Menopause is a natural process for women. Knowing about menopause can help you be prepared when your body starts to change and you start moving through the process. What is menopause? Menopause is part of a gradual and natural process in which the ovaries produce less and less of the female hormones, estrogen and progesterone, and menstrual periods gradually disappear. For most women this process generally begins around age 40 when periods may become less regular. This time of change is called perimenopause or premenopause. The average age women complete menopause is around 51. Some women experience menopause at younger ages due to premature ovarian failure, cancer therapy or surgical removal of both ovaries. What are the signs of menopause? Each woman experiences menopause differently. Changing hormone levels can cause a variety of symptoms that may last from a few months to a few years or longer. Some women have slight discomfort or worse. Others have little or no trouble. If any of these changes bother you, check with your doctor. The most common menopause symptoms include:
- Change in periods:One of the first signs may be irregular periods. Some may have a lighter flow than normal; others have a heavier flow and may bleed a lot for many days. They may come more often and last longer. There may be spotting between periods.
- Hot flashes: A hot flash is a sudden rush of heat in the upper part or all of your body.
- Problems with the vagina and bladder: Vaginal dryness, itching and burning can make sexual intercourse painful. Vaginal infections can become more common. Some women have more urinary tract infections or problems with holding urine.
- Sex: Some women find that their feelings about sex change with menopause. Some have vaginal dryness that makes sexual intercourse painful. Others feel free after menopause, relieved that pregnancy is no longer a worry. Until you have had one full year without a period, you should still use birth control if you do not want to become pregnant. After menopause, a woman can still get sexually transmitted diseases and should make sure her partner uses a condom.
- Sleep problems: Some women find they have a hard time getting a good night's sleep. They may not fall asleep easily or may wake too early. They may need to get up to go to the bathroom and then not able to fall back to sleep. Hot flashes can interfere with sleep.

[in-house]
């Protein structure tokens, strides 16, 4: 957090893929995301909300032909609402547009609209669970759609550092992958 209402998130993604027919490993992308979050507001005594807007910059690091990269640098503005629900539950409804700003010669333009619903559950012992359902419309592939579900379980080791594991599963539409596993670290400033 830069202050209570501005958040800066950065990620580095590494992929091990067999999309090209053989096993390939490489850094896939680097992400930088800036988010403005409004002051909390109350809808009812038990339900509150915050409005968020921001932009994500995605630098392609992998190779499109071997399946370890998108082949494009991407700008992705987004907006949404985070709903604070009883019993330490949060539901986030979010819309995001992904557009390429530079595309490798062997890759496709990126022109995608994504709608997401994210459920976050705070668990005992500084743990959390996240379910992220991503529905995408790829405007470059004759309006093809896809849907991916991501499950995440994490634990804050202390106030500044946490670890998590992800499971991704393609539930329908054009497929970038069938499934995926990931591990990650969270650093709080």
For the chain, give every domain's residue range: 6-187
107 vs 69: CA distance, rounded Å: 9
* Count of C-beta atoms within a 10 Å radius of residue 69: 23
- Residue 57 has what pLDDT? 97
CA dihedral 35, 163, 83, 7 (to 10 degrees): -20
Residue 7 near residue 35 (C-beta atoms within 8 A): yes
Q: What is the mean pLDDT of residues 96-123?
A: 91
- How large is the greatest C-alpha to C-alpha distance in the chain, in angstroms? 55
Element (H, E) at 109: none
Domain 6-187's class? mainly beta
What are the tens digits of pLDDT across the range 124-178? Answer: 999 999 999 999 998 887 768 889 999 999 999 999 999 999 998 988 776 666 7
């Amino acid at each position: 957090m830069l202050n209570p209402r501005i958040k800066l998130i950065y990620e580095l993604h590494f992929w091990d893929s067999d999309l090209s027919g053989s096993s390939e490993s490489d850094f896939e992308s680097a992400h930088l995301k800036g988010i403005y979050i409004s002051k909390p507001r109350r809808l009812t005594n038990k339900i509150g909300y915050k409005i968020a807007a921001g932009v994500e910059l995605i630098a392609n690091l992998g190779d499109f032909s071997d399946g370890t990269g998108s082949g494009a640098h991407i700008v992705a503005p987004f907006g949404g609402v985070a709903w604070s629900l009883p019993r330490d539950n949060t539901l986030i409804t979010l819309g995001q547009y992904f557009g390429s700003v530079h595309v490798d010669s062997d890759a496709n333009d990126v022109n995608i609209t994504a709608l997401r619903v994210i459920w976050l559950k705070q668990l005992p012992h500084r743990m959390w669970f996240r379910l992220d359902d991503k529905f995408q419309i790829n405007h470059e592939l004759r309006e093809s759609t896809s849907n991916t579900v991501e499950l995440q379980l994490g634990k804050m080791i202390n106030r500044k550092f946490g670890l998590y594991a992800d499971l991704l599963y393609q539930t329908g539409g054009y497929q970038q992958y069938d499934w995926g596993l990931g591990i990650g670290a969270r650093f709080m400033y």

- Mood changes: There may be a relationship between changes in estrogen levels and a woman's mood. Shifts in mood also may be caused by stress, family changes or feeling tired. Depression is not a symptom of menopause.
We are commonly asked about the effectiveness of Birth Control. And specifically, does oral contraception work? Here are a few answers to your questions. Studies have found that, used as recommended, oral contraception is 91 percent to 99 percent effective in preventing pregnancy. However, that still means there is a very small risk of pregnancy. In most instances, however, women who become pregnant while taking oral contraceptives either miss one or more doses; take a dose at a time different from their normal time (i.e., in the evening instead of the morning); take medications (such as antibiotics) that interfere with the effectiveness of birth control in your body; or have unprotected intercourse too soon after starting their oral contraceptive. If you begin taking birth control pills within six days of the first day of your period, it's effective immediately. If you start at any other time, however, you need to take it for a full month before it's effective, and you must use another form of birth control until you've completed one full cycle of pills. While no method of contraception other than sterilization is 100 percent effective against pregnancy, the more precautions you take, the less likely you are to get pregnant. Plus, if you are not in a long-term, monogamous relationship, your partner should be using a condom to protect you both against sexually transmitted diseases. Talk to your physician for more information about contraception options and questions.